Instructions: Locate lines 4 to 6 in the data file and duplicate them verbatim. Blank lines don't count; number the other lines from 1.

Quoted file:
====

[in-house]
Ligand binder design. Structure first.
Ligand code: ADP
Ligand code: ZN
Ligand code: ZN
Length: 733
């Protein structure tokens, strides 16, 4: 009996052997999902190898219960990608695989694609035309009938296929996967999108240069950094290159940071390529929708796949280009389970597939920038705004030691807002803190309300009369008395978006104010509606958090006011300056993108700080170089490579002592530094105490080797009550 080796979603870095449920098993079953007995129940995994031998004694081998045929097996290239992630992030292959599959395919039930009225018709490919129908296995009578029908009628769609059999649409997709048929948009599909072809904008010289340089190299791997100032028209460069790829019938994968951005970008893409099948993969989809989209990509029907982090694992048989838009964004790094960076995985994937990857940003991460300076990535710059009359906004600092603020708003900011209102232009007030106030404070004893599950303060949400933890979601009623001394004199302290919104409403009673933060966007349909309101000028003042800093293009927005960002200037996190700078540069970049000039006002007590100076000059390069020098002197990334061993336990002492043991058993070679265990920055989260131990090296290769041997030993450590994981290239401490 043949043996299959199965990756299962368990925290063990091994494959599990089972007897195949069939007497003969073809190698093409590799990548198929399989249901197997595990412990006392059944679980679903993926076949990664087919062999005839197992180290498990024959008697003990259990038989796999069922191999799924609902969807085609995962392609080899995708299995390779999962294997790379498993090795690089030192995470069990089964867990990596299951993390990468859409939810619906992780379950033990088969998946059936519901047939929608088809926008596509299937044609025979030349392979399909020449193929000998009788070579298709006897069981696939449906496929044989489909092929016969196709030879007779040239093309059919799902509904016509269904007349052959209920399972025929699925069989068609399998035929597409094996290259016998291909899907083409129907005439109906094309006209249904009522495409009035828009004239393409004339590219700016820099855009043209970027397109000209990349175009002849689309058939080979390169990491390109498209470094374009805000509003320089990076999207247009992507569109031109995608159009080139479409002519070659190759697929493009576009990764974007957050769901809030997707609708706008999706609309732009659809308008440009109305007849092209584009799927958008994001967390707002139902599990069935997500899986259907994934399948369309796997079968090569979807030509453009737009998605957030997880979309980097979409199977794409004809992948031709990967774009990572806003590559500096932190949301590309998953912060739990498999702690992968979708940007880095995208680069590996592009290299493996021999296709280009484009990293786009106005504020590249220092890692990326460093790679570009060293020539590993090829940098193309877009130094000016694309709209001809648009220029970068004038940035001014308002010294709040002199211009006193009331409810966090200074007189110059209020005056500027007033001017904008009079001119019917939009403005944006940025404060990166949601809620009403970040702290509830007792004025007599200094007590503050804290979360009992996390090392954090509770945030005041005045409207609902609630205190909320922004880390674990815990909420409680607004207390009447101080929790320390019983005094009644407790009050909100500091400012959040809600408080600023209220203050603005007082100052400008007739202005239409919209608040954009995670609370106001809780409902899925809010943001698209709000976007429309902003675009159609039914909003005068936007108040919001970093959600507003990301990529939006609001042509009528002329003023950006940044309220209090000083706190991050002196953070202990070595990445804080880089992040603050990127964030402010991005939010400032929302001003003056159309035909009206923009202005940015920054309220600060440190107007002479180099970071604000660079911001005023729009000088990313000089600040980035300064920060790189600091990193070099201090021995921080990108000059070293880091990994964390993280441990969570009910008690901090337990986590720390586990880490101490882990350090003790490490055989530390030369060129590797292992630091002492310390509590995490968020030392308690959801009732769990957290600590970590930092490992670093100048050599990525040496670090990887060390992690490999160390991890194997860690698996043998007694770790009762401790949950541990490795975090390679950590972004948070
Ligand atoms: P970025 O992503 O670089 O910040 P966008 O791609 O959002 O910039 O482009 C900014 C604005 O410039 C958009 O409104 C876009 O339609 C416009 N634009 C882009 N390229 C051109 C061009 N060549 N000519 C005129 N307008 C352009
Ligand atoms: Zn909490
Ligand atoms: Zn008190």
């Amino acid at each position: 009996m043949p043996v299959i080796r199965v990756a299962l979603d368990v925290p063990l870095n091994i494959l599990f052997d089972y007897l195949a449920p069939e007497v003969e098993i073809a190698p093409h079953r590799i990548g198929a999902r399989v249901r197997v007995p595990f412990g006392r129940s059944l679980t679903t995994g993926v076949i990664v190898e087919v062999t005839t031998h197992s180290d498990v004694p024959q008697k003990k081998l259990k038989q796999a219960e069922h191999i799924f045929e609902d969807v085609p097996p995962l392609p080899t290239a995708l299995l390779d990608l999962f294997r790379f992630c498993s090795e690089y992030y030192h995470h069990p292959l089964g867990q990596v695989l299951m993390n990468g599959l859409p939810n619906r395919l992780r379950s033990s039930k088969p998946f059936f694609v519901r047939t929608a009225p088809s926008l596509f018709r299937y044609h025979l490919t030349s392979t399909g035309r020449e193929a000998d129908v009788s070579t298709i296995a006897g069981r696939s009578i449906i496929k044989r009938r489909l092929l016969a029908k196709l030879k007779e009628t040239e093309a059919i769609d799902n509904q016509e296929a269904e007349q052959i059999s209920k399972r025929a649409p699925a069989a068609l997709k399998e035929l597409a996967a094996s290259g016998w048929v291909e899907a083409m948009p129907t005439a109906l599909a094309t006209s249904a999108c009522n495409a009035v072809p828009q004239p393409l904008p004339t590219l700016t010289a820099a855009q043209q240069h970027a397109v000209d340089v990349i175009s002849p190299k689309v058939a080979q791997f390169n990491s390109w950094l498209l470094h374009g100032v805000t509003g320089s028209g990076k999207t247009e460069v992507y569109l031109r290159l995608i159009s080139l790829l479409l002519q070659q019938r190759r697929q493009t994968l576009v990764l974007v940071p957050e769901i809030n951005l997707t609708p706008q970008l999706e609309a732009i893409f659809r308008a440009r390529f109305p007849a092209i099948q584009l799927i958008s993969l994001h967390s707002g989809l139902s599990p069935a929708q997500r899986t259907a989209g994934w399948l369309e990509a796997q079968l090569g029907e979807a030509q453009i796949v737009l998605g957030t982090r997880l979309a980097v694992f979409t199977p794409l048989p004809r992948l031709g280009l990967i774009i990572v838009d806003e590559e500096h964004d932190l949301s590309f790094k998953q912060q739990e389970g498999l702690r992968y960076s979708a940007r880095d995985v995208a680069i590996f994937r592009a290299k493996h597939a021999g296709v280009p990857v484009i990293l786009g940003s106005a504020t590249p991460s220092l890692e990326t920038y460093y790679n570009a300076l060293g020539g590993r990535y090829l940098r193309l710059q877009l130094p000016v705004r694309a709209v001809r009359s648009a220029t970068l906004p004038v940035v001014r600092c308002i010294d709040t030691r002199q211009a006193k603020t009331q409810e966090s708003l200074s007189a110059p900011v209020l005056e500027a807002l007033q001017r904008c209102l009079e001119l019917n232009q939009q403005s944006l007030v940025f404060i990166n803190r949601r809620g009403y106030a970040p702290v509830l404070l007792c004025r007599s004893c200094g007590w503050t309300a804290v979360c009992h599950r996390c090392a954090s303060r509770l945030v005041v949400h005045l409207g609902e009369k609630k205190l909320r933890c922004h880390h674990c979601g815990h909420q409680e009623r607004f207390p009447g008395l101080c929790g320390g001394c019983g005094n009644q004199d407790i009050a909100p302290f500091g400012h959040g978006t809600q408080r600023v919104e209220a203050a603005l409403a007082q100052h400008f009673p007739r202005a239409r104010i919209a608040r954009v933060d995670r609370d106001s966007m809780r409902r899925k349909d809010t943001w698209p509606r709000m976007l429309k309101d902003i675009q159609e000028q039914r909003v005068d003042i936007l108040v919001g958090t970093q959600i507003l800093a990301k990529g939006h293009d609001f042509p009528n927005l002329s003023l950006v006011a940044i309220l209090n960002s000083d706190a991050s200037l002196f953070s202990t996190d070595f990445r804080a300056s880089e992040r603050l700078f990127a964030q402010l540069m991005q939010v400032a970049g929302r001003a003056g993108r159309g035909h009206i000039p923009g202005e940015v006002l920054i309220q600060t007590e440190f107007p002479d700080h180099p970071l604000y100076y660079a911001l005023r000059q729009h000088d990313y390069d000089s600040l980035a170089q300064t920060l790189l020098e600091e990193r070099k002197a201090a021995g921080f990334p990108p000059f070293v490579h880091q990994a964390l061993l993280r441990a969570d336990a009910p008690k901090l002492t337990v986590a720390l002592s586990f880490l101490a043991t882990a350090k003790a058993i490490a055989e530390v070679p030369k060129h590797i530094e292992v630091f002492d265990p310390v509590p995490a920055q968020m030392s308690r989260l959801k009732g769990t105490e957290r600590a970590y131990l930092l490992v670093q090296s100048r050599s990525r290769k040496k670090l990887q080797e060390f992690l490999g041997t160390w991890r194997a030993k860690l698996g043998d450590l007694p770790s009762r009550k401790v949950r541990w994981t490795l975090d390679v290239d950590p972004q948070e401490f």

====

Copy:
Ligand code: ZN
Ligand code: ZN
Length: 733